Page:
Many home buyers, regardless of age, desire the vibrant lifestyle of urban living. They want to walk down the block for coffee or meet friends after work for a drink, easy access to cultural centers and recreation and the option of taking mass transit to the office.

John Thatch
John Thatch

A Jan. 9 session at the 2018 International Builders' Show will explore how builders can capitalize on this “urbanization of the suburbs” and successfully integrate the features of urban living in suburban housing. Here, BUILDER talks with one of the sesion presenters, California-based architect John Thatch of Dahlin Group Architecture Planning, about how to bring urban essentials to suburban communities.

Is an urban lifestyle becoming more popular?
Overall, the appeal of an urban lifestyle has increased, but there are important nuances to how that is defined and executed that affect who urban appeals to and where urban environments can thrive. For example, there is research that suggests that as millennials are starting to form families they're moving to more suburban environments, yet, even as they're looking for the benefits the suburbs offer, they still want the benefits associated with urban cores.

What defines an urban lifestyle?
When defining an urban lifestyle, it's helpful to consider the elements of the urban environment. Urban cores offer desirable jobs, mass transit infrastructure, availability of diverse housing opportunities, entertainment, culture, local retail and restaurants as opposed to national chains, walkable and bikeable streets, open space that offers a variety of recreational activities and venues, and a sense of community. The mix of these elements and the scale of the architecture – intimate, yet, with enough room to accommodate a variety of demographics – create energy that is perceptible.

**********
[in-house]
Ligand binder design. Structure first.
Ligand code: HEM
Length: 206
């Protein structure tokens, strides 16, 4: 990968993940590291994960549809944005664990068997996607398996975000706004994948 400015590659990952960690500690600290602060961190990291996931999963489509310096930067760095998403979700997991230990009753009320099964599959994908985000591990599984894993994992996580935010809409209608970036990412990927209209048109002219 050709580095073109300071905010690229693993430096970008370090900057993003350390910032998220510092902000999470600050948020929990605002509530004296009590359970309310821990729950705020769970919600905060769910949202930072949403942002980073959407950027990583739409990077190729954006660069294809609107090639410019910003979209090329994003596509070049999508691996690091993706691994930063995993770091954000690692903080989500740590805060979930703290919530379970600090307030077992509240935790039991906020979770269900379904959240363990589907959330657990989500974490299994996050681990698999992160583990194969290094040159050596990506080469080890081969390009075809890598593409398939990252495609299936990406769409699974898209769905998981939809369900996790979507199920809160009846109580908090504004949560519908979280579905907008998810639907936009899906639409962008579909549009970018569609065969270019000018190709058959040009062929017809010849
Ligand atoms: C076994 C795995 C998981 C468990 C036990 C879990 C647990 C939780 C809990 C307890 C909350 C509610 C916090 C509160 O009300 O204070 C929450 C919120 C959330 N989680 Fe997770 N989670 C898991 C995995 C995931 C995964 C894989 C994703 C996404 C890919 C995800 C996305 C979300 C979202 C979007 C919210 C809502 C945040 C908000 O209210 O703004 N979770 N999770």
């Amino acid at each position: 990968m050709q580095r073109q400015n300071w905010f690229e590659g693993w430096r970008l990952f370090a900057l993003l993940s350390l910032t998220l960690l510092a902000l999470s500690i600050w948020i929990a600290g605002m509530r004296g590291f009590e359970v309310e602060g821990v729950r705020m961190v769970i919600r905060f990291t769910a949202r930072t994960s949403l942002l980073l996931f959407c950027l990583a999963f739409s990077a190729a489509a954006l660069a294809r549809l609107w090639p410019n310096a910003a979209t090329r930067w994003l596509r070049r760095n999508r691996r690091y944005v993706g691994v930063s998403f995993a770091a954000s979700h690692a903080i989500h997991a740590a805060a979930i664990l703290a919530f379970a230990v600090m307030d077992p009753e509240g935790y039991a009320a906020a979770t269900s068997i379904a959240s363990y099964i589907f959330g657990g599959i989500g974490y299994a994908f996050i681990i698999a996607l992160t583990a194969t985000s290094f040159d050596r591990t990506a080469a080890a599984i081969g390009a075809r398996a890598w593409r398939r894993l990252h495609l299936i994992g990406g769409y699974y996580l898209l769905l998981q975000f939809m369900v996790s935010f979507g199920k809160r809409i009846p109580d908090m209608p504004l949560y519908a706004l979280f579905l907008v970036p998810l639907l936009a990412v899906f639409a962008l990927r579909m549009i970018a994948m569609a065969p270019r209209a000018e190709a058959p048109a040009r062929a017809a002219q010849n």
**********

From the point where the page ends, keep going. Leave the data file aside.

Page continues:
Can you provide that type of lifestyle outside of a large metropolitan area? How?
Not only can you, but it is already happening in the suburbs surrounding gateway cities. Take for example, Walnut Creek, California – where I now live in a condo downtown – was a small ring city with a little bit of a downtown, about 25 miles outside of San Francisco, with jobs and a BART (Bay Area Rapid Transit) station. With the density that's been and is being developed in the housing and the performing arts theater, movie theater, boutiques, and restaurants, they're growing into their own as a city. You no longer need to go to Oakland for entertainment or to San Francisco for shopping, you have all of that in Walnut Creek and you have people coming to Walnut Creek now for access to those things.

What do you mean by the “urbanization of the suburbs”?
There is a difference between creating busyness and density and cultivating a sense of urban character that feels authentic, not contrived. Urbanizing the suburbs is about intertwining the many appealing elements commonly found in urban cores into the suburban context. Businesses can play an important role in urbanization by where they choose to locate offices. For example, we’ve seen how large companies locating their satellite offices in thriving towns and ring cities with a distinct downtown character in an effort to attract younger professionals has generated momentum towards urbanization in those locations.

Will your ideas work anywhere in the country or only in certain locations?
It can work in a lot of locations as long as there is energy present. Is there a university? Is there a historic core that has character? Is it located along a transit corridor? Is there an educated population? As a population grows, a small town with urban flair can grow into a city. The next wave of college grads are coming into the workforce, and they're not going straight to the gateway cities anymore. When you're just starting out, those cities are competitive with high costs of living. They're going to the second tier cities that have an urban flair and energy to them.